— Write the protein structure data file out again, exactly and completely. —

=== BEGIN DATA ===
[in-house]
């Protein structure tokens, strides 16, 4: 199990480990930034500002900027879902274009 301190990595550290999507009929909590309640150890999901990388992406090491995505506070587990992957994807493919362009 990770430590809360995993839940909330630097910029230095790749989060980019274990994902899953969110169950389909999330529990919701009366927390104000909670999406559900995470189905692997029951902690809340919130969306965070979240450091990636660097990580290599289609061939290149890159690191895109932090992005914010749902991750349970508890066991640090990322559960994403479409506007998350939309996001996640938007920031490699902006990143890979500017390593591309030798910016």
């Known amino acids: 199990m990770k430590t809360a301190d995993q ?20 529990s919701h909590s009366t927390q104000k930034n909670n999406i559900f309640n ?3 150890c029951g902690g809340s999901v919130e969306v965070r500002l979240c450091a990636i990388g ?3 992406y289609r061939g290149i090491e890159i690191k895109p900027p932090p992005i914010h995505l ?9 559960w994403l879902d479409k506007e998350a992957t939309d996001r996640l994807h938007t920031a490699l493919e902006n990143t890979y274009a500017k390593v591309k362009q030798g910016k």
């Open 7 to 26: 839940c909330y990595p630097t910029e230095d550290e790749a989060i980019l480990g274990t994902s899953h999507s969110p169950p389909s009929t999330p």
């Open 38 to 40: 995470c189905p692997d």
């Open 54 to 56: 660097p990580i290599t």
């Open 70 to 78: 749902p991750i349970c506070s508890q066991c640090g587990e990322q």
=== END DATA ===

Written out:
[in-house]
């Protein structure tokens, strides 16, 4: 199990480990930034500002900027879902274009 301190990595550290999507009929909590309640150890999901990388992406090491995505506070587990992957994807493919362009 990770430590809360995993839940909330630097910029230095790749989060980019274990994902899953969110169950389909999330529990919701009366927390104000909670999406559900995470189905692997029951902690809340919130969306965070979240450091990636660097990580290599289609061939290149890159690191895109932090992005914010749902991750349970508890066991640090990322559960994403479409506007998350939309996001996640938007920031490699902006990143890979500017390593591309030798910016």
């Known amino acids: 199990m990770k430590t809360a301190d995993q ?20 529990s919701h909590s009366t927390q104000k930034n909670n999406i559900f309640n ?3 150890c029951g902690g809340s999901v919130e969306v965070r500002l979240c450091a990636i990388g ?3 992406y289609r061939g290149i090491e890159i690191k895109p900027p932090p992005i914010h995505l ?9 559960w994403l879902d479409k506007e998350a992957t939309d996001r996640l994807h938007t920031a490699l493919e902006n990143t890979y274009a500017k390593v591309k362009q030798g910016k």
């Open 7 to 26: 839940c909330y990595p630097t910029e230095d550290e790749a989060i980019l480990g274990t994902s899953h999507s969110p169950p389909s009929t999330p």
């Open 38 to 40: 995470c189905p692997d």
């Open 54 to 56: 660097p990580i290599t």
């Open 70 to 78: 749902p991750i349970c506070s508890q066991c640090g587990e990322q």